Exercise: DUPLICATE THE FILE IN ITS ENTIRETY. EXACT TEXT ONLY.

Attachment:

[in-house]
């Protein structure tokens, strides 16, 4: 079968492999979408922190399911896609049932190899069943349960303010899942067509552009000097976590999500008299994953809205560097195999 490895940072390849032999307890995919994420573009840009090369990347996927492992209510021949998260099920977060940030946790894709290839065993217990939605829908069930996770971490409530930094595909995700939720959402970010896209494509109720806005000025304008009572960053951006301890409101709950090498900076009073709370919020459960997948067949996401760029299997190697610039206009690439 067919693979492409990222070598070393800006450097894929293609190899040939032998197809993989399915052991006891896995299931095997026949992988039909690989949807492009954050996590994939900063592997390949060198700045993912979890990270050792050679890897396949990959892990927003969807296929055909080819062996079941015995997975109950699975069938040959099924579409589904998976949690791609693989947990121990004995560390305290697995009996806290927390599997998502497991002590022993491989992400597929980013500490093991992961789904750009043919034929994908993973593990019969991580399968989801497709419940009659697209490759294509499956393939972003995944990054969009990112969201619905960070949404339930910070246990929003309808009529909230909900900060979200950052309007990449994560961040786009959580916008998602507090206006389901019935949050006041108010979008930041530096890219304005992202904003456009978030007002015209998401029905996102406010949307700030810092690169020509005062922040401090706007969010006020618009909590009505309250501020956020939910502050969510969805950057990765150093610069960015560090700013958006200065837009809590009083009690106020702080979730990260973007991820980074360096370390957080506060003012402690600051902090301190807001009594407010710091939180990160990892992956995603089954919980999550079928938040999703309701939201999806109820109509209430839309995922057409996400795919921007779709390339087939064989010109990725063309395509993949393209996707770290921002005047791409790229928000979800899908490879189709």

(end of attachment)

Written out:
[in-house]
């Protein structure tokens, strides 16, 4: 079968492999979408922190399911896609049932190899069943349960303010899942067509552009000097976590999500008299994953809205560097195999 490895940072390849032999307890995919994420573009840009090369990347996927492992209510021949998260099920977060940030946790894709290839065993217990939605829908069930996770971490409530930094595909995700939720959402970010896209494509109720806005000025304008009572960053951006301890409101709950090498900076009073709370919020459960997948067949996401760029299997190697610039206009690439 067919693979492409990222070598070393800006450097894929293609190899040939032998197809993989399915052991006891896995299931095997026949992988039909690989949807492009954050996590994939900063592997390949060198700045993912979890990270050792050679890897396949990959892990927003969807296929055909080819062996079941015995997975109950699975069938040959099924579409589904998976949690791609693989947990121990004995560390305290697995009996806290927390599997998502497991002590022993491989992400597929980013500490093991992961789904750009043919034929994908993973593990019969991580399968989801497709419940009659697209490759294509499956393939972003995944990054969009990112969201619905960070949404339930910070246990929003309808009529909230909900900060979200950052309007990449994560961040786009959580916008998602507090206006389901019935949050006041108010979008930041530096890219304005992202904003456009978030007002015209998401029905996102406010949307700030810092690169020509005062922040401090706007969010006020618009909590009505309250501020956020939910502050969510969805950057990765150093610069960015560090700013958006200065837009809590009083009690106020702080979730990260973007991820980074360096370390957080506060003012402690600051902090301190807001009594407010710091939180990160990892992956995603089954919980999550079928938040999703309701939201999806109820109509209430839309995922057409996400795919921007779709390339087939064989010109990725063309395509993949393209996707770290921002005047791409790229928000979800899908490879189709």